Welcome. My name is Virginia Schilling. When I fell into a job cataloging rare books* for the English Short Title Catalog (ESTC), I felt like I had come home. I discovered that it was something that I had actually been doing my entire life. It was organizing data and it all made perfect sense and I loved it. Since then my job duties have taken me in new and interesting directions; away from the manual data entry of individual bits of metadata in the front-end of the system and into the manipulation and analysis of groups containing hundreds or thousands of bits of metadata in the back-end of the system. It is the same set of careful, painstaking tasks but on a much larger scale. I moved from Cataloger to Metadata Analyst and I just want to take a moment here and say, I LOVE this work in all its tangled, painstaking, mind-numbing, data cleanup entirety.
In library school, I discovered the magic of the Semantic Web. Discovering the Semantic Web (SW) was like discovering cataloging all over again; only this time it's cataloging on steroids. SW technologies allow resource description and information organization to be embedded in the very fabric of the Web. I could wax [bla bla bla] about this for awhile but I won't. Suffice to say that from the viewpoint of someone who likes organizing data, I find the possibilities very exciting.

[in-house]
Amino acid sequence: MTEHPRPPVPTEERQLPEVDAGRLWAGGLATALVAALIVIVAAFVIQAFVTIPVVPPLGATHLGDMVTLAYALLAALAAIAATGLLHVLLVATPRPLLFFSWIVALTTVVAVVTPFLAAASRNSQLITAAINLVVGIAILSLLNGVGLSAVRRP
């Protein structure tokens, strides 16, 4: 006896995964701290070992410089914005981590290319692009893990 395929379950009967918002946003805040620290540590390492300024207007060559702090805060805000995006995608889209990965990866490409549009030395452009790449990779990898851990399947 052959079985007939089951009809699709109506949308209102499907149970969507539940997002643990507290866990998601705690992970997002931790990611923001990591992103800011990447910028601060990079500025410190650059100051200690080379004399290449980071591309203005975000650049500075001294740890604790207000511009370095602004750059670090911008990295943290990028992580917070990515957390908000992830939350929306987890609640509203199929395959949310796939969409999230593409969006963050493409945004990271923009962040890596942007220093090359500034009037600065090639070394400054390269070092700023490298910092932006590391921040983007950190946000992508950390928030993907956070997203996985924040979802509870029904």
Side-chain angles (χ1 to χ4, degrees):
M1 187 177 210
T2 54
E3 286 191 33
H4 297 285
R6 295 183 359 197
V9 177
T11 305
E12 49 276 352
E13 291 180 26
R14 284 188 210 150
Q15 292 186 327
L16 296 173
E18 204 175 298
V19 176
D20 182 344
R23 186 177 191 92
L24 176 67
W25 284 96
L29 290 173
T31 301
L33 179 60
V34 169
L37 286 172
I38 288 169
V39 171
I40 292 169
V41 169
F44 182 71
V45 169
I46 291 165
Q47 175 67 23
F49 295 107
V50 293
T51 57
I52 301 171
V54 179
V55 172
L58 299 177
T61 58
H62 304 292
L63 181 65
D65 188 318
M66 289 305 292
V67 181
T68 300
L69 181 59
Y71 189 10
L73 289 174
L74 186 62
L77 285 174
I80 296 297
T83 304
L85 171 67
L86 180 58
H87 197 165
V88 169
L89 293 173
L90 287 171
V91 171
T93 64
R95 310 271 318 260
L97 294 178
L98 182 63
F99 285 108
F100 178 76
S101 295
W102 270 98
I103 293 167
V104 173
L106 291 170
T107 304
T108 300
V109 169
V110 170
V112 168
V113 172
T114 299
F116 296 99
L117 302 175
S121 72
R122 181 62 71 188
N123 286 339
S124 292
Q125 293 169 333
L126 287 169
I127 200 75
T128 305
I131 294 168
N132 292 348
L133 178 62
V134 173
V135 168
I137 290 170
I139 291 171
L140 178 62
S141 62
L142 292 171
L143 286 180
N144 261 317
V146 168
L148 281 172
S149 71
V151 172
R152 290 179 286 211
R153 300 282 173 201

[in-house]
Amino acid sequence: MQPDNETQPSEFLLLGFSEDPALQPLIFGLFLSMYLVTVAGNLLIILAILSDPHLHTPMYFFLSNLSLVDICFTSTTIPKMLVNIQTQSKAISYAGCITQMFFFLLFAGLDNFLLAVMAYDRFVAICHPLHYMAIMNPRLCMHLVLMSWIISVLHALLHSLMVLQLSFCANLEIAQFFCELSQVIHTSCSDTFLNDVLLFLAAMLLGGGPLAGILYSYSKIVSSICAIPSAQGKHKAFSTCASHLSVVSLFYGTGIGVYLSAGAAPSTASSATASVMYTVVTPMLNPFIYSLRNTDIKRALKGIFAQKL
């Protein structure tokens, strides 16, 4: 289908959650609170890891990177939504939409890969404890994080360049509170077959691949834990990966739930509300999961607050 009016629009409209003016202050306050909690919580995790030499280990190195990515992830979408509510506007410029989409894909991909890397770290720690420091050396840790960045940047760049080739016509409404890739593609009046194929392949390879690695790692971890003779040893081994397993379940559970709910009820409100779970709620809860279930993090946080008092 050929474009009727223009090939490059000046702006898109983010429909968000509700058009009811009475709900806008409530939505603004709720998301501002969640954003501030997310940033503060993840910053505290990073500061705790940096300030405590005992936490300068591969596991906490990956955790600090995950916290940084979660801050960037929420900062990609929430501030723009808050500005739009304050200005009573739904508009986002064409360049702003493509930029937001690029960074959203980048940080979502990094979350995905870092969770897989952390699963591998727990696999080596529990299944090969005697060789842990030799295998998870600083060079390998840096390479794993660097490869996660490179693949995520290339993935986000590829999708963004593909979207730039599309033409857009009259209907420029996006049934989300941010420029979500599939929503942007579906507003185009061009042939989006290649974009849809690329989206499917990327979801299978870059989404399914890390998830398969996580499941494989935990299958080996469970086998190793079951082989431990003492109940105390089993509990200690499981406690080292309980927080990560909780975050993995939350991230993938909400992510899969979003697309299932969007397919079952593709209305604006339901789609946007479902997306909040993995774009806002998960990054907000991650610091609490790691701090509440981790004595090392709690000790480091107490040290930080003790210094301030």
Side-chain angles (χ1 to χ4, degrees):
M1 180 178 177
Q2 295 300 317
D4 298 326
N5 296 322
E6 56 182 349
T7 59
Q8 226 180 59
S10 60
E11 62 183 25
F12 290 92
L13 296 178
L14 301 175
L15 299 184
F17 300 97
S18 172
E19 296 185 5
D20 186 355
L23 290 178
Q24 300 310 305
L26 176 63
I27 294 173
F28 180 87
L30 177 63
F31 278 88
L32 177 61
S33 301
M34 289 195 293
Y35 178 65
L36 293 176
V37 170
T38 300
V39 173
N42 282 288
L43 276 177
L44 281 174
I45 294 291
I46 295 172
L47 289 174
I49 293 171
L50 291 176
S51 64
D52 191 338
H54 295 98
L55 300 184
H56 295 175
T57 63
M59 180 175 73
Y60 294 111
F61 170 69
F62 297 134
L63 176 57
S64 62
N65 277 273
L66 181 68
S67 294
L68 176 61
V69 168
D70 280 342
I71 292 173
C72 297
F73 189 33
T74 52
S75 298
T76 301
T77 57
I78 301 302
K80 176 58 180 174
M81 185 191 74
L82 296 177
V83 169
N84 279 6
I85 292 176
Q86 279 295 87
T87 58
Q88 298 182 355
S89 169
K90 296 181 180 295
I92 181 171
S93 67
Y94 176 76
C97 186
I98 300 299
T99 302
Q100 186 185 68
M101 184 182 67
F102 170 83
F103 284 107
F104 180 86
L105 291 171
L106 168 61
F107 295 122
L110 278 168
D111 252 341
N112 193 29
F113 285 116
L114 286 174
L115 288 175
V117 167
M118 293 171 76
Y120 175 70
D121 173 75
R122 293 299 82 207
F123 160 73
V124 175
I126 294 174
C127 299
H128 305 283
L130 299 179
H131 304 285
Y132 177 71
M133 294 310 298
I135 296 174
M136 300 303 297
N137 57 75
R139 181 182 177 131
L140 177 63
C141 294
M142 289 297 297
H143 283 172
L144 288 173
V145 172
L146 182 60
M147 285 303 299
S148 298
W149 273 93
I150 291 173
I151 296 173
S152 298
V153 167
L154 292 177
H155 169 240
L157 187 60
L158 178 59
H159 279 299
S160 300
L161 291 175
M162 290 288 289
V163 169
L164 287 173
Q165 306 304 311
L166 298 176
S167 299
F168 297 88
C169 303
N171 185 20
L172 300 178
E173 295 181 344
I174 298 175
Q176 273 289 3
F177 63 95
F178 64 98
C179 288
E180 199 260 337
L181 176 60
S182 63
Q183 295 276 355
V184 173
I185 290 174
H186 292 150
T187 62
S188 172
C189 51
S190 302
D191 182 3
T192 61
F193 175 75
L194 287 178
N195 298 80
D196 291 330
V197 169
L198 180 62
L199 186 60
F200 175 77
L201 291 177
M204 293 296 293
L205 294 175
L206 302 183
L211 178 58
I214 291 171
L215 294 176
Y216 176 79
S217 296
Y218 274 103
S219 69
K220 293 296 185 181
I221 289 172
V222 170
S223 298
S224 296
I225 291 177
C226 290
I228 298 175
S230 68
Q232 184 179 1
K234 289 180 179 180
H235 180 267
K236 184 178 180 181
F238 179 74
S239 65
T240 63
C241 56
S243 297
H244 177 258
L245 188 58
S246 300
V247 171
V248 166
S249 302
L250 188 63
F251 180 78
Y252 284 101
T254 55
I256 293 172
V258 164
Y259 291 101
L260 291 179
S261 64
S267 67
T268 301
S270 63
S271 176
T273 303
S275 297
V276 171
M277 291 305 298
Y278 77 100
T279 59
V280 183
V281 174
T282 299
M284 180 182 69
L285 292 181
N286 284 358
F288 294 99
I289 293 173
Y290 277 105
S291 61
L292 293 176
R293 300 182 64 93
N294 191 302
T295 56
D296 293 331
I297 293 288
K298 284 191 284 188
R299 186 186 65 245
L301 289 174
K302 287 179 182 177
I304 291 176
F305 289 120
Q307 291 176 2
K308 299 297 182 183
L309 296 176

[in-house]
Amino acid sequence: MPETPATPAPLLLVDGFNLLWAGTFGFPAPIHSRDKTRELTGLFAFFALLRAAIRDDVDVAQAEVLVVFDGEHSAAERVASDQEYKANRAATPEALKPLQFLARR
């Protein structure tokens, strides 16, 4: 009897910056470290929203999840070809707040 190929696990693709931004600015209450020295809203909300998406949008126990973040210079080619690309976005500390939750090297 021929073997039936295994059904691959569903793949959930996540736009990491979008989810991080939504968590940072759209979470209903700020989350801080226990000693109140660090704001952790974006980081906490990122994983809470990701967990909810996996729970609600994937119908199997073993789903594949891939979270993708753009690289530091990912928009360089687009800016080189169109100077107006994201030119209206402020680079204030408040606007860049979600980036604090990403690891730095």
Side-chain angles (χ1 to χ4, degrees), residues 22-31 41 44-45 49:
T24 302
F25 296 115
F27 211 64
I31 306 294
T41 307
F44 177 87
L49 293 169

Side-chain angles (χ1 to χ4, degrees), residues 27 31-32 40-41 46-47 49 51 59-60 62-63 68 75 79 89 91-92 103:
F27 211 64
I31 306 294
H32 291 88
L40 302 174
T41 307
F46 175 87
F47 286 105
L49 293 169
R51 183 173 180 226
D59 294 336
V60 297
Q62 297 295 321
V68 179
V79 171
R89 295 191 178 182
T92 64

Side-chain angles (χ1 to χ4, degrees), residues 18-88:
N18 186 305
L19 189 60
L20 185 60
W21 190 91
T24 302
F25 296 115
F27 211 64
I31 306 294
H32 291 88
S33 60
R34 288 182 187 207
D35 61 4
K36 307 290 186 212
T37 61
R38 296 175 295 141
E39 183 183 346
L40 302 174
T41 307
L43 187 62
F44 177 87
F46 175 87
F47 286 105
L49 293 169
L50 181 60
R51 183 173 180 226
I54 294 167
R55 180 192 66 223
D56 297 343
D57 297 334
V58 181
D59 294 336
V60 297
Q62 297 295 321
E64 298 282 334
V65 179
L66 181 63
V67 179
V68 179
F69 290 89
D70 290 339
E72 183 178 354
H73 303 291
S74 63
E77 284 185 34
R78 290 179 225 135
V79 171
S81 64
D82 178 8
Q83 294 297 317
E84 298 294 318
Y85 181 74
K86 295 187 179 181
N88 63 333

So, I started out cataloging a very specific category of bibliographic resources. I learned a specific set of rules for organizing that metadata. For other projects/work tasks, I have learned and/or developed other sets of rules for organizing metadata. Any given project has a particular set of rules used to describe resources. That set of rules can be designed for cataloging books in a library or managing a thesaurus/vocabulary/ontology for online content or even for organizing and managing the online content itself.
But describing resources is about more than just learning a particular set of rules. Said rules exist in a particular conceptual context and that context will be different from project to project. It seems obvious, but I think that it worth stating explicitly: different projects have different ways of, and different requirements for, organizing metadata. The key to successfully organizing information and describing resources in a variety of domains lies in the ability to synthesize the conceptual context in each case and apply it as a concrete set of rules.
Also important to state explicitly is that describing resources and organizing information, satisfying though it be, is not an end in itself. Ultimately organizing information is about providing access to the described resources. The projects I have worked on have been about providing access to resources where it previously was limited or did not exist at all. This access in turn enables a diversity of voices and opinions to engage in the discussion. I believe strongly in the public service ideal of making resources accessible to as diverse an array of people as possible.